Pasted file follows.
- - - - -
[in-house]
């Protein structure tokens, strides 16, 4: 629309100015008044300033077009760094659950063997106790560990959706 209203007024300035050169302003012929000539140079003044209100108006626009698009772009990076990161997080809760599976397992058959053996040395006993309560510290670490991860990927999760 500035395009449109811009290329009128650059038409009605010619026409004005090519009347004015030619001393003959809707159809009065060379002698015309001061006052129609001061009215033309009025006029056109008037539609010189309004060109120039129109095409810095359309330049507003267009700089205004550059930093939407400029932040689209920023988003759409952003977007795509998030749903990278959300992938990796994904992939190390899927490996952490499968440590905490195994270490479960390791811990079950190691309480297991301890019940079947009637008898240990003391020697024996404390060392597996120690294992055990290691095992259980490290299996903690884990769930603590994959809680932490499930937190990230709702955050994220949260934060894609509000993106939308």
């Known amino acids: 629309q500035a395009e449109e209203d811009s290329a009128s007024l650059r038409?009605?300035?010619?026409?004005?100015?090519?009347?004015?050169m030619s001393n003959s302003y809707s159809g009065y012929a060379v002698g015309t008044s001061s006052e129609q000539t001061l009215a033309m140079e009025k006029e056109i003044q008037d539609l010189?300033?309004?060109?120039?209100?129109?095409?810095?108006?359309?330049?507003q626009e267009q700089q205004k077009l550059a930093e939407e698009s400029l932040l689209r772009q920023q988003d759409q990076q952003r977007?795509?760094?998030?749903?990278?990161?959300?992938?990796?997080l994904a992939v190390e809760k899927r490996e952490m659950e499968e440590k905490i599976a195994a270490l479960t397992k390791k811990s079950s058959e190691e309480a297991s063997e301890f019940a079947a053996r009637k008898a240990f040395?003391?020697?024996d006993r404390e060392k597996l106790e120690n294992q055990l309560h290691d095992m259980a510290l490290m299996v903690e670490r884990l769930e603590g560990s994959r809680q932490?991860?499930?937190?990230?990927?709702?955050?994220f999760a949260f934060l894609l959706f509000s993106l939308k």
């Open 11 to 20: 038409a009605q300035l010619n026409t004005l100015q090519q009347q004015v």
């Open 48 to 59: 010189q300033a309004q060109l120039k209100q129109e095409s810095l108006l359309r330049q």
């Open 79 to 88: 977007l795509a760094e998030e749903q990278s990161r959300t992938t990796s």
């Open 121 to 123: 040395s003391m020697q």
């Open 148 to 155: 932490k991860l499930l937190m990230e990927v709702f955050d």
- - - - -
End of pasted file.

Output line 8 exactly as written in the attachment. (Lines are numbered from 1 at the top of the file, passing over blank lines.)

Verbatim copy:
């Open 148 to 155: 932490k991860l499930l937190m990230e990927v709702f955050d």